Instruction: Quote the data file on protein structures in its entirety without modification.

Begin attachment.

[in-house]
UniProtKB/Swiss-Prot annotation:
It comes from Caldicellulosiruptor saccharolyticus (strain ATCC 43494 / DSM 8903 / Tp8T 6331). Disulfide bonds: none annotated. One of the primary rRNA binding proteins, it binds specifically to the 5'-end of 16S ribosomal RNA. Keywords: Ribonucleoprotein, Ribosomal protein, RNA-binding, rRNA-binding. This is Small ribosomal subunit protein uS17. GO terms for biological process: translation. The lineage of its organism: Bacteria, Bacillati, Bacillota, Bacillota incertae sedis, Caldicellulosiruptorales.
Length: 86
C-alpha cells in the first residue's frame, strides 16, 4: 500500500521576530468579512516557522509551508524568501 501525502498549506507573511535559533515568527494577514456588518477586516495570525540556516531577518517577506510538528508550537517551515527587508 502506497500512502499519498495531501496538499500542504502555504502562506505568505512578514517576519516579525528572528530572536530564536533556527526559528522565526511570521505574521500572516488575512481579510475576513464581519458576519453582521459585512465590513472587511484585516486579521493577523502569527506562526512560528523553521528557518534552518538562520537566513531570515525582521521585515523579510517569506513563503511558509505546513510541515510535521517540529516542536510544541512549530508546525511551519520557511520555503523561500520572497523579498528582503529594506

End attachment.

[in-house]
UniProtKB/Swiss-Prot annotation:
It comes from Caldicellulosiruptor saccharolyticus (strain ATCC 43494 / DSM 8903 / Tp8T 6331). Disulfide bonds: none annotated. One of the primary rRNA binding proteins, it binds specifically to the 5'-end of 16S ribosomal RNA. Keywords: Ribonucleoprotein, Ribosomal protein, RNA-binding, rRNA-binding. This is Small ribosomal subunit protein uS17. GO terms for biological process: translation. The lineage of its organism: Bacteria, Bacillati, Bacillota, Bacillota incertae sedis, Caldicellulosiruptorales.
Length: 86
C-alpha cells in the first residue's frame, strides 16, 4: 500500500521576530468579512516557522509551508524568501 501525502498549506507573511535559533515568527494577514456588518477586516495570525540556516531577518517577506510538528508550537517551515527587508 502506497500512502499519498495531501496538499500542504502555504502562506505568505512578514517576519516579525528572528530572536530564536533556527526559528522565526511570521505574521500572516488575512481579510475576513464581519458576519453582521459585512465590513472587511484585516486579521493577523502569527506562526512560528523553521528557518534552518538562520537566513531570515525582521521585515523579510517569506513563503511558509505546513510541515510535521517540529516542536510544541512549530508546525511551519520557511520555503523561500520572497523579498528582503529594506